A harder dimension for investors – and for all of us – to assess is the ‘S’ or ‘Social’ impact. The BNP Parisbas 2019 Global ESG Survey revealed that 46% of investors found this to be the most challenging to analyse and integrate into investment strategies. ‘Social’ issues cover a wide range of topics: from consumer protection to product safety, labour law and safety at work, diversity, the fight against corruption and respect for human rights throughout the supply chain. It’s complicated, hard to measure – and, until relatively recently, seemed to be a ‘nice to have. And yet COVID might just have done some good here. ‘The Time Has Come’ report from KPMG showed that 96% of CEOs said their response to the pandemic had shifted their focus to the social component of ESG, up from 63% in August 2020. 99% of CEOs also said they had a stronger emotional connection to company purpose since the crisis began.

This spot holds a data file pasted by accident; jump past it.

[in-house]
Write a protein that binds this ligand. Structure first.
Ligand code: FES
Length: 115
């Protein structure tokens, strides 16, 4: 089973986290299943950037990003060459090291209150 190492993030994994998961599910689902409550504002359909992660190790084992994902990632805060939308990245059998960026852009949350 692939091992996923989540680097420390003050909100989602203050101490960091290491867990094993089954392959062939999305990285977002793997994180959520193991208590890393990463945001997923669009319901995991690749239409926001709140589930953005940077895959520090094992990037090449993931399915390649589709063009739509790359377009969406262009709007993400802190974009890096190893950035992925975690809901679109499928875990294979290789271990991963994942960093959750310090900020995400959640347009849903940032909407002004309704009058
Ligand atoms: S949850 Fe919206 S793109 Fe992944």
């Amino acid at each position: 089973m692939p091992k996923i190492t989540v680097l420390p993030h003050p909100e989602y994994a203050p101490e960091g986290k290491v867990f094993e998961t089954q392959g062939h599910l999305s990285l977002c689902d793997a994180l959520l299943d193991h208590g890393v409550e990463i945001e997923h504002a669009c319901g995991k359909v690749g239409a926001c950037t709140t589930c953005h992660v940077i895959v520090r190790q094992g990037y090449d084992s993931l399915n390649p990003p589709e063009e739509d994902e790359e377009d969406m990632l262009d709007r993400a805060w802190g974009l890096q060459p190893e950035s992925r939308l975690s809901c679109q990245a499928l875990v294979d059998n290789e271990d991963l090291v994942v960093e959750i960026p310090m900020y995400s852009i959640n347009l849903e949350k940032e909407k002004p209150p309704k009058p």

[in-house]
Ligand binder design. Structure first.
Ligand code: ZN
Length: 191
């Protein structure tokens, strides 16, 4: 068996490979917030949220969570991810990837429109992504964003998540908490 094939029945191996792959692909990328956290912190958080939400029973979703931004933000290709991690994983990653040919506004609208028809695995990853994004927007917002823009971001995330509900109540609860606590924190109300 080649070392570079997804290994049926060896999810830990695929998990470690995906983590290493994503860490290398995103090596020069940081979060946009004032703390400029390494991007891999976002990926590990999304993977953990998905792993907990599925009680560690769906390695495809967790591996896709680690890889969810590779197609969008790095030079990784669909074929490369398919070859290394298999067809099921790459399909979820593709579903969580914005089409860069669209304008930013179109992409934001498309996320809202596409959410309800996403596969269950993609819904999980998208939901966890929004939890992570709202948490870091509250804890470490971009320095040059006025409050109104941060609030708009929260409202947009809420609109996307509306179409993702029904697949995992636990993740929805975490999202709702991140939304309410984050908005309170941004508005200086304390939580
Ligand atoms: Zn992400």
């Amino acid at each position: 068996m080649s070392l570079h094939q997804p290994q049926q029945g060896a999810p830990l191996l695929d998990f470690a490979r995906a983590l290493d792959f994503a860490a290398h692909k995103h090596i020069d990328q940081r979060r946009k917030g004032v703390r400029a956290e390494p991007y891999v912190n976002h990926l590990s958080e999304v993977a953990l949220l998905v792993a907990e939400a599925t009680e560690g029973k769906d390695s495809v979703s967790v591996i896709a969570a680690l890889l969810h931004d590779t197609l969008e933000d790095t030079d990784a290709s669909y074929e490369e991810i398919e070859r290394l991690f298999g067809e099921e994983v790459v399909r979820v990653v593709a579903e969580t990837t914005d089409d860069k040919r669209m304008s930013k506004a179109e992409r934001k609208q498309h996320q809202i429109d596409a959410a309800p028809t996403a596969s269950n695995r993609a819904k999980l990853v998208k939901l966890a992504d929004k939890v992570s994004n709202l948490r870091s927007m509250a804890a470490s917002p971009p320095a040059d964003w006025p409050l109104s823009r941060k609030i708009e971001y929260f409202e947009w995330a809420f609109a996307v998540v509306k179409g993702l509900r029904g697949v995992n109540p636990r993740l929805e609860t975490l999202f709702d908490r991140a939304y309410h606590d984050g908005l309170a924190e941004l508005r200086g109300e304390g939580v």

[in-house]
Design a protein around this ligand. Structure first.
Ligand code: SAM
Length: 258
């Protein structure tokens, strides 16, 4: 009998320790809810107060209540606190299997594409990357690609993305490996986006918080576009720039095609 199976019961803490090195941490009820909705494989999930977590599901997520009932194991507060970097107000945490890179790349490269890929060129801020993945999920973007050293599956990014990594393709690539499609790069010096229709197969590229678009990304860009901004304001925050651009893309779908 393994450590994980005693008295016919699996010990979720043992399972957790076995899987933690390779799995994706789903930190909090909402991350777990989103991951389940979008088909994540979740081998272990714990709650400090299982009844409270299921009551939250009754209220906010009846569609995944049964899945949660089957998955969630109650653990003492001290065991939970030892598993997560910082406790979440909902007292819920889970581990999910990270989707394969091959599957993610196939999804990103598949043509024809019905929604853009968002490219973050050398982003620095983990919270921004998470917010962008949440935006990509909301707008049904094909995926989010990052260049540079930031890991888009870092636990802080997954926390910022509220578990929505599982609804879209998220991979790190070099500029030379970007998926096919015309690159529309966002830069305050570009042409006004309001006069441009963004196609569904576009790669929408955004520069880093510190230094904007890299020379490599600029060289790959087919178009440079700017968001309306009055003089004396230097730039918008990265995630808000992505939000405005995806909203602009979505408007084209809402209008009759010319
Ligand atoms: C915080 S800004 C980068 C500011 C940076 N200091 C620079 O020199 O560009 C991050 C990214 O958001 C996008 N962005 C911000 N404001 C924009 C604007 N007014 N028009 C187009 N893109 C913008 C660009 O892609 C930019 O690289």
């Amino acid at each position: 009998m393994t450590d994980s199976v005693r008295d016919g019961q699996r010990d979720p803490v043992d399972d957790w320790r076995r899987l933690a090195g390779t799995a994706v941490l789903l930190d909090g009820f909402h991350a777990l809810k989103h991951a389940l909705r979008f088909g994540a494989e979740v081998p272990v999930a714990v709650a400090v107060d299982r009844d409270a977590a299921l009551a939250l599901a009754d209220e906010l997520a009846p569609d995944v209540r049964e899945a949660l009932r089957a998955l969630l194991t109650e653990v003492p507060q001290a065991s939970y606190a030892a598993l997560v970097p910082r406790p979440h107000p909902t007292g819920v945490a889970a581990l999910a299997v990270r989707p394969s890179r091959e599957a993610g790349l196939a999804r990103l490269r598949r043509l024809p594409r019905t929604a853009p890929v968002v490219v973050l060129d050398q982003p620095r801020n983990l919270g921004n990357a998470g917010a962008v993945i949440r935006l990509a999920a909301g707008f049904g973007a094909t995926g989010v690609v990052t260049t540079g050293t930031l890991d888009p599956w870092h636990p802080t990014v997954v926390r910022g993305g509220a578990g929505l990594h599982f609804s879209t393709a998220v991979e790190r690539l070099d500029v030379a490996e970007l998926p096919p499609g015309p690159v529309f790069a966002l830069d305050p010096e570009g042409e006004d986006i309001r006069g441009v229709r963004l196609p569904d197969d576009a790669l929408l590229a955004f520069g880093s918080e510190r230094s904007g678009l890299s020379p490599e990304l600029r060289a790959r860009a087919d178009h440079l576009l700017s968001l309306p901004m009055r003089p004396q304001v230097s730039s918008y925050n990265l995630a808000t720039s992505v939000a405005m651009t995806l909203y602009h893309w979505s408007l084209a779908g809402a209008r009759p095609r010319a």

Good-quality lighting has a valuable part to play here too – beginning with daylight of course. The new standard for lighting in the workplace – EN12464-1 – recommends a tripling of the light levels in some situations. It also invites a more sophisticated approach to the delivery of light in a space to focus on the user needs rather than the traditional ‘one size fits all’ lux level on the horizontal plane. This reflects our growing understanding of the impact of light on the non-visual as much as the visual system – and the huge variation in personal preferences. Access to outside views and the right light at the right time – and darkness at night – are arguably most important to those who are most vulnerable – the young and the old and the chronically ill – and the shift workers who take care of them. The Danish Twin survey suggested that only around 20% of our life expectancy is a result of our genes – the rest – up to 80% – are directly linked to environmental and lifestyle factors.